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And he's got a new fan.
Derek George, John Paul's father, approached Compton on the putting green Wednesday and told him his son's story. When Annette George was pregnant with the boy, doctors advised the parents-to-be that their son would have, at best, minimal chance at survival.
"This is a very rare thing and most kids don't have it," Derek George recalls doctors saying. "So it's better to terminate this and not go through all this hassle. But then my wife said, you know, let's give John Paul a chance. Let's give him life."
So they did. A three-stage series of operations followed, but John Paul hasn't needed to undergo any procedures in the last seven years. He's home-schooled, a decision his parents made to minimize the chance of picking up things like colds and flu bugs from other kids, and by the end of Friday's round, John Paul was exhausted.
When Compton's group stopped in the 18th fairway for their approach shots, John Paul took the opportunity to sprawl on the grass for a quick rest.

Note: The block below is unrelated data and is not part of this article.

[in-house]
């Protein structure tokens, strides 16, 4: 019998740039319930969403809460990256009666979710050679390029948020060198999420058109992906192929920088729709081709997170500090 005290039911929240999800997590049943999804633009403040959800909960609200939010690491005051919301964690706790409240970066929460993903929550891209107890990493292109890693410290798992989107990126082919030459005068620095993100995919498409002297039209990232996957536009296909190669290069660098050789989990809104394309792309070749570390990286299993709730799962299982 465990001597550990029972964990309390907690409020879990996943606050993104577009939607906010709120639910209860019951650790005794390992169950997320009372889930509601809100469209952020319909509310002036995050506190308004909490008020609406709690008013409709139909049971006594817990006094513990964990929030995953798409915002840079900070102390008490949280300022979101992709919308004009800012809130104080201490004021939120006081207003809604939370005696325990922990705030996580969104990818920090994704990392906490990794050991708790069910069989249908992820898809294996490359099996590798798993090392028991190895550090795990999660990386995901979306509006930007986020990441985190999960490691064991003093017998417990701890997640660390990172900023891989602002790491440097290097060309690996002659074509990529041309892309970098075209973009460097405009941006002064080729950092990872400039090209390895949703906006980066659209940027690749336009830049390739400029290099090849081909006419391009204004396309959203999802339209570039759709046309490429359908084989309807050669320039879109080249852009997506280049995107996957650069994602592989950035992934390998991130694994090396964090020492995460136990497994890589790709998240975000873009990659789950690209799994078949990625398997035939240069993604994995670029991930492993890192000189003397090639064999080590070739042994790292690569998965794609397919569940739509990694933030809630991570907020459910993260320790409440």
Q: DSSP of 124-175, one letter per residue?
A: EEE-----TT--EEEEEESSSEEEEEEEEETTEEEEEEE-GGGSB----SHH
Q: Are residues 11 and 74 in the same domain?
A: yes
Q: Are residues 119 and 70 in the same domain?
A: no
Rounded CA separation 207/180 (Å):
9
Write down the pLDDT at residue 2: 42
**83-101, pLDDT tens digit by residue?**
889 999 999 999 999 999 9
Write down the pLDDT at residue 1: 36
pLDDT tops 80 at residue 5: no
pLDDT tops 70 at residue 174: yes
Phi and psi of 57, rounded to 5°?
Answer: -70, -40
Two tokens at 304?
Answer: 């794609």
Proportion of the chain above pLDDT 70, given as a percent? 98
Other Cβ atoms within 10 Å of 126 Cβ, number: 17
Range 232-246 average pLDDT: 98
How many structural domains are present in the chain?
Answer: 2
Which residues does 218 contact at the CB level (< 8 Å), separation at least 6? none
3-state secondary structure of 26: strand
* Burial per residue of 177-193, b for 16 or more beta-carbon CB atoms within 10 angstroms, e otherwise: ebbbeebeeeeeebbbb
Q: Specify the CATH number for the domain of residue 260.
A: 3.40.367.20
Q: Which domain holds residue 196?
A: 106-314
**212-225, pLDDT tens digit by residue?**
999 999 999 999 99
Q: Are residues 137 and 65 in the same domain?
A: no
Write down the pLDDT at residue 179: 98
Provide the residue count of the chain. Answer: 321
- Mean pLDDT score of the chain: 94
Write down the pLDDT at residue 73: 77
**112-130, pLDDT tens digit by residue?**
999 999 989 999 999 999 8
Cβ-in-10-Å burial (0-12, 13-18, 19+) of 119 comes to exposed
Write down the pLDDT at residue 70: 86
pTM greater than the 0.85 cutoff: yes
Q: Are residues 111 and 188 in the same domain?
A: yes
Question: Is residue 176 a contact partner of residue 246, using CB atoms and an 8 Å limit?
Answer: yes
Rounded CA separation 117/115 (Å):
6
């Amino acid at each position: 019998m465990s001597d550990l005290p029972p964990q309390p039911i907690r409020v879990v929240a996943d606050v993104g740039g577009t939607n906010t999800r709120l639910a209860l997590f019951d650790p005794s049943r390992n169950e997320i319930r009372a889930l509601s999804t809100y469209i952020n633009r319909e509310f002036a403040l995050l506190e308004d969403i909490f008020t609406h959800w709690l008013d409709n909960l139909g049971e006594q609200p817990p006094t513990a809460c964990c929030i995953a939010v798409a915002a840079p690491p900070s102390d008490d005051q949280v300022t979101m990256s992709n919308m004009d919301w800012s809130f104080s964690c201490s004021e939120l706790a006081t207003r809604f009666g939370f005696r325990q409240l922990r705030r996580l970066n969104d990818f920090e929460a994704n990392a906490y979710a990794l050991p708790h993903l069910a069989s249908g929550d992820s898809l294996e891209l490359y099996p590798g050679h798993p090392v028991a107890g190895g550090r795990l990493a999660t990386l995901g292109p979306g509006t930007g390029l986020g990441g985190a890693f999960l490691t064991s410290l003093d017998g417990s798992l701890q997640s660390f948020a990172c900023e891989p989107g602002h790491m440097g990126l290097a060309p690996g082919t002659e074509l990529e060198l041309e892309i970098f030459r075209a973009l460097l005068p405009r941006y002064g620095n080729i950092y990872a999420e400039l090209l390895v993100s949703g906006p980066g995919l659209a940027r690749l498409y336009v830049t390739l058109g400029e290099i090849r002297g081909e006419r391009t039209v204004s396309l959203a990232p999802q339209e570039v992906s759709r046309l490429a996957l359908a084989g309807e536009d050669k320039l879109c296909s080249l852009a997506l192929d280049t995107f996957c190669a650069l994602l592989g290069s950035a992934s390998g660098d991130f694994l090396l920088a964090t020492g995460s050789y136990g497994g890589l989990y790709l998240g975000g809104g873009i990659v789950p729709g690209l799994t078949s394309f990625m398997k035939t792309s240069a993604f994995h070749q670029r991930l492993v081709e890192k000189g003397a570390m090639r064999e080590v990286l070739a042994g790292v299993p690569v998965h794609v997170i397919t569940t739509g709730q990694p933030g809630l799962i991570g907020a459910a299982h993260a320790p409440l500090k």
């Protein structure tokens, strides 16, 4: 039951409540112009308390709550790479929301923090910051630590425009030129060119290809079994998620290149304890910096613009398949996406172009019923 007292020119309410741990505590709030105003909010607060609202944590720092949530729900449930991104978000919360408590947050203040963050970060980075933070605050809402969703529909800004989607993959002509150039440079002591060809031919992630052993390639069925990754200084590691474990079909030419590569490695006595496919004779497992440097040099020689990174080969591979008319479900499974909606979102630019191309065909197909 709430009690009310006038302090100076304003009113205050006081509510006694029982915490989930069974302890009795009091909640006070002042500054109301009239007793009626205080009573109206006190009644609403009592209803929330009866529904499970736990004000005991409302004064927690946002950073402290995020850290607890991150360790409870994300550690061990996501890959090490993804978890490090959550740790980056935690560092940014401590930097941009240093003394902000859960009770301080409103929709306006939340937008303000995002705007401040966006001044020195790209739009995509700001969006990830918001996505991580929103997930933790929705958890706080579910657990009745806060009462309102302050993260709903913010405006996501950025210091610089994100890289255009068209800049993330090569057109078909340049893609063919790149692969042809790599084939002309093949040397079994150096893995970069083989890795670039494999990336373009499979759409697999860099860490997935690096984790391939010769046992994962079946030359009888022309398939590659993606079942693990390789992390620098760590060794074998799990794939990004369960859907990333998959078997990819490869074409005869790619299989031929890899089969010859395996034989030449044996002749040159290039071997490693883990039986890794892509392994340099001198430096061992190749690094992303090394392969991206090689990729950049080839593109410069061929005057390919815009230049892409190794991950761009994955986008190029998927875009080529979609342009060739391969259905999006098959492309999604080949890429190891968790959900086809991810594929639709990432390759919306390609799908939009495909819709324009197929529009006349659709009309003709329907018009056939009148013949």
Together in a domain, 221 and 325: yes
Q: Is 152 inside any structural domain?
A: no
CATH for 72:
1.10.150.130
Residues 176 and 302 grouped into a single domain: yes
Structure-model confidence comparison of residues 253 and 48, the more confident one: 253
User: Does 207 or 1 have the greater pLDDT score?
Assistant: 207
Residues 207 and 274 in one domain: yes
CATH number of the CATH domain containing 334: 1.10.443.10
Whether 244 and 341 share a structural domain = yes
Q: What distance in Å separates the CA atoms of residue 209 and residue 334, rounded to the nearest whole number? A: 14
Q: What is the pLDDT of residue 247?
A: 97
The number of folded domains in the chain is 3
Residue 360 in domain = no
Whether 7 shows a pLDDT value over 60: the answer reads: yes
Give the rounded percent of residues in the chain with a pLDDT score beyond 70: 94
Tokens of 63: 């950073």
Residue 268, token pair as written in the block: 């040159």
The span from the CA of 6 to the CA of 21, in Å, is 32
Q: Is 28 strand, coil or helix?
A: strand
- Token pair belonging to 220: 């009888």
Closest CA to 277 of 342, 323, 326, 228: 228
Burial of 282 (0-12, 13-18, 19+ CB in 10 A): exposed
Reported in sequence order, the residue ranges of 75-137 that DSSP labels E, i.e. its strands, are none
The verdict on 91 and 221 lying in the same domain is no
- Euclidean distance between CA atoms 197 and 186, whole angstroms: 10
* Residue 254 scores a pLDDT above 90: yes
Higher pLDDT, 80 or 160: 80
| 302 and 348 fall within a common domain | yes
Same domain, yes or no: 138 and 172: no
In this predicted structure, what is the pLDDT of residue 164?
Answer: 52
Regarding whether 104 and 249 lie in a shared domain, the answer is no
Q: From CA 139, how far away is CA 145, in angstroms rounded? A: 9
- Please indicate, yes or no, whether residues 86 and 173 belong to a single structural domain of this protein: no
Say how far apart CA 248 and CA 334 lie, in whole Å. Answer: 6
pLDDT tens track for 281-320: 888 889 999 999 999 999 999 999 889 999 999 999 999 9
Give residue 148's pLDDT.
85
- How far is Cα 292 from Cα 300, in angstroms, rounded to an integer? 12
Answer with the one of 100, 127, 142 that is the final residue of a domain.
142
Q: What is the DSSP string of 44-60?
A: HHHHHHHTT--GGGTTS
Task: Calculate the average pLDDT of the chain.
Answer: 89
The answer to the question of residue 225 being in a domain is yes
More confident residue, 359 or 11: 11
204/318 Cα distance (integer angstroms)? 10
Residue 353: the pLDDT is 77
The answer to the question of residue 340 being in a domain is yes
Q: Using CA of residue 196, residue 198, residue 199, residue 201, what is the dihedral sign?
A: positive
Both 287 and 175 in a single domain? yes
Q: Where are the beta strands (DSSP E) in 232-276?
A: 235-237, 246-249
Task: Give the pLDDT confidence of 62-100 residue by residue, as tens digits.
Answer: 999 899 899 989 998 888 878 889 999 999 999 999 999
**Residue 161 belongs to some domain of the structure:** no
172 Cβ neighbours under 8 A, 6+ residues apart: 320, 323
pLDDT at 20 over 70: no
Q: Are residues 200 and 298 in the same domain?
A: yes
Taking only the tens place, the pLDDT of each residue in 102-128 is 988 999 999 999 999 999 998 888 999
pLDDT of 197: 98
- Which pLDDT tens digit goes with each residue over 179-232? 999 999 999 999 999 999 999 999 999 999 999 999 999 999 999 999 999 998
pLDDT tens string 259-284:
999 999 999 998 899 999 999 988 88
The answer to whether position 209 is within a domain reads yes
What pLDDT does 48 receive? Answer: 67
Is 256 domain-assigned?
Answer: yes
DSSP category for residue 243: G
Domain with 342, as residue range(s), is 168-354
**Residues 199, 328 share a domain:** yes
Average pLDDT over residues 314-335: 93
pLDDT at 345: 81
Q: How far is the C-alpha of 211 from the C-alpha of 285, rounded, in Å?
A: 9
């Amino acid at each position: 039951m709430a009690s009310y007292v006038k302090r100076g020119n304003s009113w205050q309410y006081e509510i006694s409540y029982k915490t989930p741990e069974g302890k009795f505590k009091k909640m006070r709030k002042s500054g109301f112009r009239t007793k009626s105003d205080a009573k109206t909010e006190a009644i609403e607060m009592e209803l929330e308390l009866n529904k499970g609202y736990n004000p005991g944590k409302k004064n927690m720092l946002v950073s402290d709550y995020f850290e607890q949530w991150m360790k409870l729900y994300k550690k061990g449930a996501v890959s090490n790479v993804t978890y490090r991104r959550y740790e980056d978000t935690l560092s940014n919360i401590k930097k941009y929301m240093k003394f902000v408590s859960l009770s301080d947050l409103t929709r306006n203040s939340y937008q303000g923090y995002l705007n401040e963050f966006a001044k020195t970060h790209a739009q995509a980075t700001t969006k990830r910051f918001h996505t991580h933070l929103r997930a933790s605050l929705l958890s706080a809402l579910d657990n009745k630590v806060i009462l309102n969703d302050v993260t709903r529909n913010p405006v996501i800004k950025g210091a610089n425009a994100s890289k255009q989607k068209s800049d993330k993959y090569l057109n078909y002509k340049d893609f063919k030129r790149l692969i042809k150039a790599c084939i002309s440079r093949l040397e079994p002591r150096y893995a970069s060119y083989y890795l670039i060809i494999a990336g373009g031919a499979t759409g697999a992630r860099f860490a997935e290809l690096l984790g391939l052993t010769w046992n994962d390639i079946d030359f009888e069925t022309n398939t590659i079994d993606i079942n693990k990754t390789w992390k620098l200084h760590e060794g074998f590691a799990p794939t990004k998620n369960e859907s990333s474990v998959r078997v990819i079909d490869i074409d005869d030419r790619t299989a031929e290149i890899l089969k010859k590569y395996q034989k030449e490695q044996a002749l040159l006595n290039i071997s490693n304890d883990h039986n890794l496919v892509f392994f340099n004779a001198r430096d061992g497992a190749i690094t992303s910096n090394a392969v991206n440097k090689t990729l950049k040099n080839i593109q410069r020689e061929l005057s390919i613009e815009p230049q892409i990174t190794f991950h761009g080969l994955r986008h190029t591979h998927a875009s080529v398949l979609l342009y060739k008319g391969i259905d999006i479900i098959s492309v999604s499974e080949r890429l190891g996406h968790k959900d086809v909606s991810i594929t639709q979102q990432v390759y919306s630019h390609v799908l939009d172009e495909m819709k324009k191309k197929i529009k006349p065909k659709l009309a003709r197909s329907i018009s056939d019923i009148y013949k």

"I walked a lot, that's for sure," John Paul said.
Compton could be riding in a cart while playing now to conserve his strength -- the PGA Tour has given him permission to do so -- but the South Florida native said he wants to walk so transplant patients can see what is possible. John Paul could have ridden as well, and his father even offered to carry him at times Friday.
The boy always declined.
"It's like me winning the Masters or something like that, to see this kid alive and so happy," said Derek George, who is writing a book about his son's battle. "Just look at him laughing and smiling on the golf course. It's wonderful."
Copyright 2009 The Associated Press. All rights reserved. This material may not be published, broadcast, rewritten or redistributed.
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